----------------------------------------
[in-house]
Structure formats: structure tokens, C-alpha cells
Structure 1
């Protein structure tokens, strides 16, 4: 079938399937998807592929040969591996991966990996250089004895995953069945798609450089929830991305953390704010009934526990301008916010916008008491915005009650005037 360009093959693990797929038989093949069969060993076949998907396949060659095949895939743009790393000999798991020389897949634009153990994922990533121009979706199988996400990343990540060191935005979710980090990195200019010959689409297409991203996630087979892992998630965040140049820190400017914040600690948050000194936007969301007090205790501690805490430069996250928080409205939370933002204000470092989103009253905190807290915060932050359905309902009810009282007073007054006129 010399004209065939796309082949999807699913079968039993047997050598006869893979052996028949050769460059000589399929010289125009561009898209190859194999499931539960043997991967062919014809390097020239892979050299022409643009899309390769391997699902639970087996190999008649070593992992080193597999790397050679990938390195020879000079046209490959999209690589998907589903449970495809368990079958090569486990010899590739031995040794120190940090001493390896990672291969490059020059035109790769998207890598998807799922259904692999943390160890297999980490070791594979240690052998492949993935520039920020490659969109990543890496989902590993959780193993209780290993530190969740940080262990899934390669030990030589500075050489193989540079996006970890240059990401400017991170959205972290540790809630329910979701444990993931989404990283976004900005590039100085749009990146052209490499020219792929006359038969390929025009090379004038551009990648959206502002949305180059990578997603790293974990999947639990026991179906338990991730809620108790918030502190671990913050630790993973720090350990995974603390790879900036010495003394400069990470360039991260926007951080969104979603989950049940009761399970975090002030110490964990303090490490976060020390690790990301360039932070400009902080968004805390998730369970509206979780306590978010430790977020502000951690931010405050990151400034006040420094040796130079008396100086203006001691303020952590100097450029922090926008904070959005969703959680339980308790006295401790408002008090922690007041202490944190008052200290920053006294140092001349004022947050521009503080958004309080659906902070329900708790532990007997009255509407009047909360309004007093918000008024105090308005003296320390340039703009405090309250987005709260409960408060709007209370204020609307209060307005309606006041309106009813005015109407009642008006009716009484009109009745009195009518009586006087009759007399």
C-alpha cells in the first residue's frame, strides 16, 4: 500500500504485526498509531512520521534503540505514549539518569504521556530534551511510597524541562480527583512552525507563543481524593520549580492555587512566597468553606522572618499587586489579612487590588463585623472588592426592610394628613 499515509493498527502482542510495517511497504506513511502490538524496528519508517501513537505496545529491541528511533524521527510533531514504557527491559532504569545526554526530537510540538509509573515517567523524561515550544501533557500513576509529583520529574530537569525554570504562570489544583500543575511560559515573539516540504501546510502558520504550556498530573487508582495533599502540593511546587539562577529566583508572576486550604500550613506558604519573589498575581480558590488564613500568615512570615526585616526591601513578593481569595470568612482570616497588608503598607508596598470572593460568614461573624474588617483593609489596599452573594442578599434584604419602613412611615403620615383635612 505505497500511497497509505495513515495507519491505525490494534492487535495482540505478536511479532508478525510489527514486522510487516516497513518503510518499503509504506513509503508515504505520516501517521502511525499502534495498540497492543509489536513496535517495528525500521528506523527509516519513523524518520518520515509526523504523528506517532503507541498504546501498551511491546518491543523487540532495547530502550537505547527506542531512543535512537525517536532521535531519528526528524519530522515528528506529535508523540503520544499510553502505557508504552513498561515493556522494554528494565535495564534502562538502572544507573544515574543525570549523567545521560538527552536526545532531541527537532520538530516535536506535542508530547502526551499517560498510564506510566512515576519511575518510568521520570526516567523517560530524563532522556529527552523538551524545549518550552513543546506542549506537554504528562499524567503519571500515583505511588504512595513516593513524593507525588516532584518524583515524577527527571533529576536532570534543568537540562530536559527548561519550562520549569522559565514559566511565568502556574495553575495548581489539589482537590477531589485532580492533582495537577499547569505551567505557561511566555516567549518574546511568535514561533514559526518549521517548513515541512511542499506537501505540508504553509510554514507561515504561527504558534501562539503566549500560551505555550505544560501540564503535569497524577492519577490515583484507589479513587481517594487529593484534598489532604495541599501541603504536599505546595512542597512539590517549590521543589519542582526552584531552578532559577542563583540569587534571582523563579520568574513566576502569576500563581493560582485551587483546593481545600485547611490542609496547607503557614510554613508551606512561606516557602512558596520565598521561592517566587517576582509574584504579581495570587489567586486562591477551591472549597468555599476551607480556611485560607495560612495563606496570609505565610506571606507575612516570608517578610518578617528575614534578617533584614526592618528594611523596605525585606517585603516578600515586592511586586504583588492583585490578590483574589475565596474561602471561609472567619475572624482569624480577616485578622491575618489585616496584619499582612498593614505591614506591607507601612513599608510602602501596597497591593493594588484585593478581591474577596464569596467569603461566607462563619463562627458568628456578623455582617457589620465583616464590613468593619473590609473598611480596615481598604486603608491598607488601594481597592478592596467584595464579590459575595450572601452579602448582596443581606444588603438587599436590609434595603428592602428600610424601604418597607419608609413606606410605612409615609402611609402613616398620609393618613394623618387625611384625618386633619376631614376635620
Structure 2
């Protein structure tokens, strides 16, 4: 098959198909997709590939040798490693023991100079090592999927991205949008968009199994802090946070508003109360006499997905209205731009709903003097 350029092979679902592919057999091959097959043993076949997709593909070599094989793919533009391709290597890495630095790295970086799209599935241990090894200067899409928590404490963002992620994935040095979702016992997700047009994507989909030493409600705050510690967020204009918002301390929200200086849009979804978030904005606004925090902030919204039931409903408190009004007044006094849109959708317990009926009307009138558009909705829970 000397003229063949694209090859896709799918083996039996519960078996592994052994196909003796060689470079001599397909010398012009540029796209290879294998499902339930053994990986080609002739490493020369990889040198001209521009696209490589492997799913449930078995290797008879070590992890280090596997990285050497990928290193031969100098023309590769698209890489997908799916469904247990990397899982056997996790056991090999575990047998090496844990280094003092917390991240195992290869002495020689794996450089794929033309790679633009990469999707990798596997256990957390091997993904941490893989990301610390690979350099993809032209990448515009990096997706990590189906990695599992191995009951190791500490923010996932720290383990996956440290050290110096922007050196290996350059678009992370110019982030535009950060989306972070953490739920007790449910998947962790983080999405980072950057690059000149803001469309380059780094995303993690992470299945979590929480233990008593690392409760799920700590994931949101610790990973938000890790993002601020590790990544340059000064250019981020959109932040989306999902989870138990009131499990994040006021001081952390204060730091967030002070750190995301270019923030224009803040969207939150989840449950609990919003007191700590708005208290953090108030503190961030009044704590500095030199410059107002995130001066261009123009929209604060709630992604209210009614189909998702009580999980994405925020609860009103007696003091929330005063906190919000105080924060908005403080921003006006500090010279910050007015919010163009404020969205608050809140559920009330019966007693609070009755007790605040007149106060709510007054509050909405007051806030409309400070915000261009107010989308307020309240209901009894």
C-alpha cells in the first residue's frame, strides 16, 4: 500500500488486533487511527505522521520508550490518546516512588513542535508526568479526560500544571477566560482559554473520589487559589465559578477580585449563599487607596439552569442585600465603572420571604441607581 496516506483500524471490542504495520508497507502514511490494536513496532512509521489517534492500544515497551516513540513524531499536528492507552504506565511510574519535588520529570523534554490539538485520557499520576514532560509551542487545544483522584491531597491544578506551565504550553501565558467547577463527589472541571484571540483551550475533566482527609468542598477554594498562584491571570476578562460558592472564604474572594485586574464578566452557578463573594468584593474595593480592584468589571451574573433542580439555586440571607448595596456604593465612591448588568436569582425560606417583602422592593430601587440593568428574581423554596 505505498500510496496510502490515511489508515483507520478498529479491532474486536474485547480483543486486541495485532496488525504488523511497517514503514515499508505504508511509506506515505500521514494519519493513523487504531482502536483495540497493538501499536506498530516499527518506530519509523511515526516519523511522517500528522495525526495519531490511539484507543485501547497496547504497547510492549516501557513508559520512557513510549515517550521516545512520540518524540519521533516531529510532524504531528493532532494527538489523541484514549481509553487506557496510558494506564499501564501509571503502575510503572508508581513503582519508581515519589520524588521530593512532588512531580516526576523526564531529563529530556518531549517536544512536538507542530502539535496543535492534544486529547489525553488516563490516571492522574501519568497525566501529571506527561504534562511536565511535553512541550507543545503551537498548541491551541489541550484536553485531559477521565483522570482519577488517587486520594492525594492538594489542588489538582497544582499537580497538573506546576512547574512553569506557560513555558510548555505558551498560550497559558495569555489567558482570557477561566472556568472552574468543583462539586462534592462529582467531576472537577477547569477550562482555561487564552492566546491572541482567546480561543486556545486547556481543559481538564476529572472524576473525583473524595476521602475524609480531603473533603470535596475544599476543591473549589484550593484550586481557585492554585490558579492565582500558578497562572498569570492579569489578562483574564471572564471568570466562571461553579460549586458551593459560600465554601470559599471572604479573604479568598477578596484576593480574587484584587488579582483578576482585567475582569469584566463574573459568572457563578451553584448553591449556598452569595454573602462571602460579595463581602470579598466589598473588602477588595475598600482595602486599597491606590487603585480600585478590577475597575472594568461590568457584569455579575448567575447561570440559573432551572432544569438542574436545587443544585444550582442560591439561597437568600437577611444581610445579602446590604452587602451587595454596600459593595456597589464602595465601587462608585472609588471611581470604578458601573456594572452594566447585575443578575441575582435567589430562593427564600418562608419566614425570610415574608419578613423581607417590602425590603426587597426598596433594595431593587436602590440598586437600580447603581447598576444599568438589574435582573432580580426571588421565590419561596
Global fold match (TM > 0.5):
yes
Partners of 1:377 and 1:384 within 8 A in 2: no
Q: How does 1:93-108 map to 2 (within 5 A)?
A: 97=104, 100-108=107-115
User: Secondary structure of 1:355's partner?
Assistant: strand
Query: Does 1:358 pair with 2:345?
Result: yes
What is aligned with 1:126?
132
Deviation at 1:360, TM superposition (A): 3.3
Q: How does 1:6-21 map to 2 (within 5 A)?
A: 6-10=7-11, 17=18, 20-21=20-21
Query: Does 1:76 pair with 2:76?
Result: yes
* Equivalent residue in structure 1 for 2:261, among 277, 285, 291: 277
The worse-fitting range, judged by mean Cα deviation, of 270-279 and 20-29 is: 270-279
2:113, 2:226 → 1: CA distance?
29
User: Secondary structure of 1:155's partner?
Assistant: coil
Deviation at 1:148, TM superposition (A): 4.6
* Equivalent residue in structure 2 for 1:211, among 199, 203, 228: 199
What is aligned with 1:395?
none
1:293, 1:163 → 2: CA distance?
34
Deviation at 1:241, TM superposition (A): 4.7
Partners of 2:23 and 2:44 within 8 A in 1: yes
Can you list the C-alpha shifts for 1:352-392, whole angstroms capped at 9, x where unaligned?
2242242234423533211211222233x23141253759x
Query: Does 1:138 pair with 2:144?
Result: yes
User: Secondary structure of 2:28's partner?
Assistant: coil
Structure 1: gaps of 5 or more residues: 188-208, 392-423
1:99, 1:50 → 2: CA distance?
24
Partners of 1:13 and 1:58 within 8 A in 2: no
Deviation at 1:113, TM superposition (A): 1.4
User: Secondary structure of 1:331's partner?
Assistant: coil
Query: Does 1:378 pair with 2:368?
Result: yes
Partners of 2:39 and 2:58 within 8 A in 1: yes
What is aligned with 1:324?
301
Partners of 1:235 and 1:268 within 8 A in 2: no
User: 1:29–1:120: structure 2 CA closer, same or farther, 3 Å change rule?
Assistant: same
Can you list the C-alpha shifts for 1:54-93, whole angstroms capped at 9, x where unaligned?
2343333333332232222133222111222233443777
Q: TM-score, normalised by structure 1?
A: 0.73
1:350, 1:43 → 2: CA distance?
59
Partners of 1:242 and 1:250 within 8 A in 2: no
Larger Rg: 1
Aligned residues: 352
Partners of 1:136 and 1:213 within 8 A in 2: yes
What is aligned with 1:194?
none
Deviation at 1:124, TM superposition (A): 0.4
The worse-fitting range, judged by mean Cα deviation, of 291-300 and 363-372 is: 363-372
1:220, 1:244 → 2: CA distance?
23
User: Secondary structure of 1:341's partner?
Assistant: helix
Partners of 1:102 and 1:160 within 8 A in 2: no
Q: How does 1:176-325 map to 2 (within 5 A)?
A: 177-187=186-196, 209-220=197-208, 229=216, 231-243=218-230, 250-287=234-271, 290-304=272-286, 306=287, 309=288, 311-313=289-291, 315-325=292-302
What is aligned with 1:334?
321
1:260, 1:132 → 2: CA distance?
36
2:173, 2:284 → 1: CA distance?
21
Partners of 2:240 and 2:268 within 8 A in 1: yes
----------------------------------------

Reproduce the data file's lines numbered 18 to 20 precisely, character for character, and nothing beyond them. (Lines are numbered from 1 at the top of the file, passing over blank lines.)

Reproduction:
What is aligned with 1:126?
132
Deviation at 1:360, TM superposition (A): 3.3